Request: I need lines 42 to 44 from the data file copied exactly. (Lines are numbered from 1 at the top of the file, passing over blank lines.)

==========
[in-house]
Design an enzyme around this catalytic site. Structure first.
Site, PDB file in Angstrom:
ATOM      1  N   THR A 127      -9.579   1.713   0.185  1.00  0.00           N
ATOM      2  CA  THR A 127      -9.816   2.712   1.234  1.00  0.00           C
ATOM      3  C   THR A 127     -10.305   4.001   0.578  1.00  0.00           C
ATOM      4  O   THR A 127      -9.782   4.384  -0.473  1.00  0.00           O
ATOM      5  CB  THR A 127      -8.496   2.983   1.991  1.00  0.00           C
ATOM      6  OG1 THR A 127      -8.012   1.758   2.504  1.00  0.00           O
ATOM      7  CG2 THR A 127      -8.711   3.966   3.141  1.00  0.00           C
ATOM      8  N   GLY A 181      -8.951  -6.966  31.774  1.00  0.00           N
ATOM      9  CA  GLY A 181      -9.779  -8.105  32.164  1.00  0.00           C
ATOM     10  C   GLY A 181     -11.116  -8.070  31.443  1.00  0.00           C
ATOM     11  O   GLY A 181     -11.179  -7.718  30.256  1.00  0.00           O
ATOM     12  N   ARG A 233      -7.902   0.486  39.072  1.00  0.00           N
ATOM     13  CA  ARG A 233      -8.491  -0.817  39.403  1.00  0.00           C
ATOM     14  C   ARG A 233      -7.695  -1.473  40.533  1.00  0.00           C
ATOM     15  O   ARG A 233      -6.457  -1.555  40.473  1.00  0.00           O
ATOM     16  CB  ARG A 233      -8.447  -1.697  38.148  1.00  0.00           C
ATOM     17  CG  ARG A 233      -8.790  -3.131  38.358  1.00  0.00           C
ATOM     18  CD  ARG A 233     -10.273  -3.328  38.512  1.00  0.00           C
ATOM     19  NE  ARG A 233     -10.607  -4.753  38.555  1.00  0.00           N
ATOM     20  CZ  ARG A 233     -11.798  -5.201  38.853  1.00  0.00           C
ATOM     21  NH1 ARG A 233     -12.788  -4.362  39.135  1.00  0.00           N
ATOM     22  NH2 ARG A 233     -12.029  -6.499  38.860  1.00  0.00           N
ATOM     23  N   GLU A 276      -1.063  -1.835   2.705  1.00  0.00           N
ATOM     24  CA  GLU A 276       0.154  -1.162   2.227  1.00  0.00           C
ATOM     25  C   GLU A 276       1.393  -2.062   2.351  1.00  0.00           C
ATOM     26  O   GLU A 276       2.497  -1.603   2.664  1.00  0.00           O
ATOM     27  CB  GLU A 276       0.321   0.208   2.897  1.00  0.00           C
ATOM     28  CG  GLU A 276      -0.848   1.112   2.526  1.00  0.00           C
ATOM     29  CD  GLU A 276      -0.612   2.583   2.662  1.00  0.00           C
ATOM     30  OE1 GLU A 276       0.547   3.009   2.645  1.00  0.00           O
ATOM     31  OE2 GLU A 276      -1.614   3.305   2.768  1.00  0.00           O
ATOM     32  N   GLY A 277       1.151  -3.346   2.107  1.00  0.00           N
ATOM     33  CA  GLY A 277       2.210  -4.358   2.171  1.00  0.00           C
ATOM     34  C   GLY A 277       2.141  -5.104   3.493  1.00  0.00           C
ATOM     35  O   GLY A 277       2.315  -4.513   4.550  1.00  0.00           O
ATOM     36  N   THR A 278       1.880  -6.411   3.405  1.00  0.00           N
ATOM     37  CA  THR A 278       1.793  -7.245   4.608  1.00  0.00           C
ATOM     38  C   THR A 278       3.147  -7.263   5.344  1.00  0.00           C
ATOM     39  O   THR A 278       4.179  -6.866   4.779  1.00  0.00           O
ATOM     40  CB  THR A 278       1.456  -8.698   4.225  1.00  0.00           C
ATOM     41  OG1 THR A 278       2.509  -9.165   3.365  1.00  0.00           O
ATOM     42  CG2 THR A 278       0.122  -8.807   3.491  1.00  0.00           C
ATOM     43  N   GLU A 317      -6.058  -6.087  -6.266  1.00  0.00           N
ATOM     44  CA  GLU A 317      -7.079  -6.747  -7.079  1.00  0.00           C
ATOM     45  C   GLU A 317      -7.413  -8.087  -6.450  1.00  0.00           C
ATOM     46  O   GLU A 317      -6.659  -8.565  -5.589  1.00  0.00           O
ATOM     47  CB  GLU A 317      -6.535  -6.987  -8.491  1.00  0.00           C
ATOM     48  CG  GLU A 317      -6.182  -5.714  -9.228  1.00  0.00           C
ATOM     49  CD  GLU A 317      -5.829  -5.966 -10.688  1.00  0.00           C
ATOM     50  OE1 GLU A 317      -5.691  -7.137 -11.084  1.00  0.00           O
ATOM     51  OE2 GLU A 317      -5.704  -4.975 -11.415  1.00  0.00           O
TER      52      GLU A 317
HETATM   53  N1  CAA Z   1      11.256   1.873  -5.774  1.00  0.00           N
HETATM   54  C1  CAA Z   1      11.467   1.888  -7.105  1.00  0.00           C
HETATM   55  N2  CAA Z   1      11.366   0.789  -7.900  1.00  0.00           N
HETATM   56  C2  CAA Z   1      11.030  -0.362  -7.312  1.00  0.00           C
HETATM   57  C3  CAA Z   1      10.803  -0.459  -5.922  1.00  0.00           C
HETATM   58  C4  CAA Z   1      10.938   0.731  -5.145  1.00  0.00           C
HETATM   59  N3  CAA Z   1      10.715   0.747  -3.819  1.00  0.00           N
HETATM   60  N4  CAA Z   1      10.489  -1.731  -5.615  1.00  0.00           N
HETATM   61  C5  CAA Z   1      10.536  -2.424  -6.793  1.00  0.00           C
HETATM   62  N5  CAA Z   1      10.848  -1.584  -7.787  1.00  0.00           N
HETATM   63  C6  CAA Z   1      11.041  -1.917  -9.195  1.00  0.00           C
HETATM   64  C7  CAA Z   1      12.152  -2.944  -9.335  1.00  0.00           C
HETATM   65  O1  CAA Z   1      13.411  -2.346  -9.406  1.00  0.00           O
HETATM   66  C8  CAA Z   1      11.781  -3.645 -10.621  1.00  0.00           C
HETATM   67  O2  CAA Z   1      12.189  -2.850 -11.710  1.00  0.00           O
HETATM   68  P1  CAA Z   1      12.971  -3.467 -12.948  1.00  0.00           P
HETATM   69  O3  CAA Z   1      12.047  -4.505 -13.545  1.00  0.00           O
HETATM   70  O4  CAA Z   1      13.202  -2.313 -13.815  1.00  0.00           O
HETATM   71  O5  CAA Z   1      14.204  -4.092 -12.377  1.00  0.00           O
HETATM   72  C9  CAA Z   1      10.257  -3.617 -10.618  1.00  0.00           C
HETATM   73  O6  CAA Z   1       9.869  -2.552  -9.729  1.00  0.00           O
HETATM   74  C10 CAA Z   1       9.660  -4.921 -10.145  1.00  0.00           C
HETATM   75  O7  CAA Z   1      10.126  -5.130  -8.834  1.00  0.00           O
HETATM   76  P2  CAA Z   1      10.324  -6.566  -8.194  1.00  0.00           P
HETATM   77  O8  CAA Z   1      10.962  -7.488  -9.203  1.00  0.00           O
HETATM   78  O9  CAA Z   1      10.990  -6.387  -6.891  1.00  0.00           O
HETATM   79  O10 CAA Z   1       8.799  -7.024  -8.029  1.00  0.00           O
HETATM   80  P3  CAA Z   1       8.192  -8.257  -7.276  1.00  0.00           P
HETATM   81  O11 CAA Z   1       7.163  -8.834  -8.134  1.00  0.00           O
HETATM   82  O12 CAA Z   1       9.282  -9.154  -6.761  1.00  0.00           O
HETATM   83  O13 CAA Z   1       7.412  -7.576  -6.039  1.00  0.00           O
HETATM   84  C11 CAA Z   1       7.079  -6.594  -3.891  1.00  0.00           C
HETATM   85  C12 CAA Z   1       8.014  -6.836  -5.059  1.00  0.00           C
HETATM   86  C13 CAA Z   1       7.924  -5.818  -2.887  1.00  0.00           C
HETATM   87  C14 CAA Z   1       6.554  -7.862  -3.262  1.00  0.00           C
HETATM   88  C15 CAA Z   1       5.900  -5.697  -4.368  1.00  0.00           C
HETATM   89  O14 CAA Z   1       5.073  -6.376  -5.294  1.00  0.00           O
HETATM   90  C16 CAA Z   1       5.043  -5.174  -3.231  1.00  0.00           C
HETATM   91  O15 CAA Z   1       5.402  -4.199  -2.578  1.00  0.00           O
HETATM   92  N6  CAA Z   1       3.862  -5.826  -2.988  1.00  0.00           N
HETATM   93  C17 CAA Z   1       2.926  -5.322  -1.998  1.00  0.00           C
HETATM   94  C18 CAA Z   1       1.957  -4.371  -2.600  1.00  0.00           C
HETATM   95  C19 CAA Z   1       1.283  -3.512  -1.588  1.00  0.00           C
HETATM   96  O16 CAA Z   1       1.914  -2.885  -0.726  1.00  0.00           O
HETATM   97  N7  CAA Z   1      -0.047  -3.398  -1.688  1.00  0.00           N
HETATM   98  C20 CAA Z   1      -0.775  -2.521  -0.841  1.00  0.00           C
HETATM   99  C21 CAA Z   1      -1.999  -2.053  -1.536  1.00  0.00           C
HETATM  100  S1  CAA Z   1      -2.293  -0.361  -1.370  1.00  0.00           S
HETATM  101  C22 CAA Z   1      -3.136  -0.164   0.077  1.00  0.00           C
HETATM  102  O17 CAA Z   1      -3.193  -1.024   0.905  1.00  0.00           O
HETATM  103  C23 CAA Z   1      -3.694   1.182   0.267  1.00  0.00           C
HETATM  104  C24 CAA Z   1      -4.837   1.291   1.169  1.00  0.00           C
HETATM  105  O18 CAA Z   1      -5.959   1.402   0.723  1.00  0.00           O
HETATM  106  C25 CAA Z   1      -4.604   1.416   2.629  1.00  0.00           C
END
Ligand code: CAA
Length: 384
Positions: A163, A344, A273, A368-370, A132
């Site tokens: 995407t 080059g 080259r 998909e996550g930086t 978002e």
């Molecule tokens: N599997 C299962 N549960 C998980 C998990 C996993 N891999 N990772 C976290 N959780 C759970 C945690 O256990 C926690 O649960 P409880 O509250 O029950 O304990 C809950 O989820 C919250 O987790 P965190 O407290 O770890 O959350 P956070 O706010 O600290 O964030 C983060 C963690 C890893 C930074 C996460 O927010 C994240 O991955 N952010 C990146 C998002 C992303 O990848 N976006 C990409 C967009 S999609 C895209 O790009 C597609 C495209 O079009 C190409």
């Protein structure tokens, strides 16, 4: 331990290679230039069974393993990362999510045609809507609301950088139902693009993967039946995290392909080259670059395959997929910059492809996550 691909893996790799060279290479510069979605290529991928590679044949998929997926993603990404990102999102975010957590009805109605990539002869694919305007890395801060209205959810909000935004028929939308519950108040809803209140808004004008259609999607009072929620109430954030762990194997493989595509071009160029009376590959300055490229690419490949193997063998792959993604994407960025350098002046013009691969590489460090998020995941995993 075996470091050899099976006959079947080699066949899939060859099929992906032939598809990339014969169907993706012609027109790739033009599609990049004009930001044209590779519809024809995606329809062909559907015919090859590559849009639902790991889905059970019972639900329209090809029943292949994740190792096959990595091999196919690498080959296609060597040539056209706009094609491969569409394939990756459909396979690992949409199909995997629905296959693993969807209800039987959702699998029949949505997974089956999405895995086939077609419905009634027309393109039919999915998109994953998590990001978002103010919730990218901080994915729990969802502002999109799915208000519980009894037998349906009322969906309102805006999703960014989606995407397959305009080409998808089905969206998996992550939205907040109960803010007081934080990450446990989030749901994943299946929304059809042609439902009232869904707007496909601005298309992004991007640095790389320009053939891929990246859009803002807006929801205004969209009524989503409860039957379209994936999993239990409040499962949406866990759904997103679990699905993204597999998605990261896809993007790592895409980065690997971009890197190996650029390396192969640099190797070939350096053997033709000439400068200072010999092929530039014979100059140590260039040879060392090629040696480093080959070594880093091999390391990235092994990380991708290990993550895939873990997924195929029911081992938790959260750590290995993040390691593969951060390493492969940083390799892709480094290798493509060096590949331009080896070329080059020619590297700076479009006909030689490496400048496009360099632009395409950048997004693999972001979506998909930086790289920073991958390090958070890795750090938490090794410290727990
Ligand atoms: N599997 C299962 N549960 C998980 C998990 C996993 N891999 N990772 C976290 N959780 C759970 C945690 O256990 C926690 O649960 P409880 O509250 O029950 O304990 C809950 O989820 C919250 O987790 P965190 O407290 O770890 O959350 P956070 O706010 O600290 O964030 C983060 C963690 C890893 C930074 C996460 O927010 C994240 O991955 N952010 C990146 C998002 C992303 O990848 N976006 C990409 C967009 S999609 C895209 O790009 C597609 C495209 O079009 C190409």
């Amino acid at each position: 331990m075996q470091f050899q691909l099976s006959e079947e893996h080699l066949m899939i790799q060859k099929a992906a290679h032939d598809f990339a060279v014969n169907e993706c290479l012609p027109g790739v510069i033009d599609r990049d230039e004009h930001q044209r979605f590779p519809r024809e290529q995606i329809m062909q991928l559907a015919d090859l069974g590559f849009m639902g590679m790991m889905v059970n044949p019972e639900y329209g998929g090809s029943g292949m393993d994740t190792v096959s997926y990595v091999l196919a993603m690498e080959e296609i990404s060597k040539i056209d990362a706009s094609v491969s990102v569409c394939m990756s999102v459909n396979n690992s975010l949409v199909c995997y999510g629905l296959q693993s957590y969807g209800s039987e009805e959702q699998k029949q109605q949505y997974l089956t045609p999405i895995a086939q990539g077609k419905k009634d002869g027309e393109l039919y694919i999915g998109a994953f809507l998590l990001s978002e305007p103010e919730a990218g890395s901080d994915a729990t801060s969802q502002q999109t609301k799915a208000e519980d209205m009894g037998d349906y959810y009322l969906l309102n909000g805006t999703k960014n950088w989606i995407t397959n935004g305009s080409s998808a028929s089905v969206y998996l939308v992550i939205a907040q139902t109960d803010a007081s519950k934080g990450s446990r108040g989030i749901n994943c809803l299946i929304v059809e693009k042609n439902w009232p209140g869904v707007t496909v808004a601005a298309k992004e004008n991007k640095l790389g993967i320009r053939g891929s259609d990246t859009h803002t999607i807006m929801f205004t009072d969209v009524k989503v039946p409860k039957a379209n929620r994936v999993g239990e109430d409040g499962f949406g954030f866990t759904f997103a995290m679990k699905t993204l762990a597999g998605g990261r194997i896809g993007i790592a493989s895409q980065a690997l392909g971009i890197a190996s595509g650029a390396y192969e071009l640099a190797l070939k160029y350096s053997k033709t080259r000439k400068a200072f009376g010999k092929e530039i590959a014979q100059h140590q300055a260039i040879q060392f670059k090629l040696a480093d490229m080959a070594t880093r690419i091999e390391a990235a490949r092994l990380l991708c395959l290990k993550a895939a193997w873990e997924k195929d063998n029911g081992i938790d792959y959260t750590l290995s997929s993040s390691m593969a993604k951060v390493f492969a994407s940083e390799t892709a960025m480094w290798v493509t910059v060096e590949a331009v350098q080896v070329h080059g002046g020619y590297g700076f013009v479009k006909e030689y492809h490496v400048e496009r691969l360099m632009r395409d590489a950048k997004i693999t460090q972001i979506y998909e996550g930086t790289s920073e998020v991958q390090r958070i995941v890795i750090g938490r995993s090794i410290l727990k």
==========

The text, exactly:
ATOM     39  O   THR A 278       4.179  -6.866   4.779  1.00  0.00           O
ATOM     40  CB  THR A 278       1.456  -8.698   4.225  1.00  0.00           C
ATOM     41  OG1 THR A 278       2.509  -9.165   3.365  1.00  0.00           O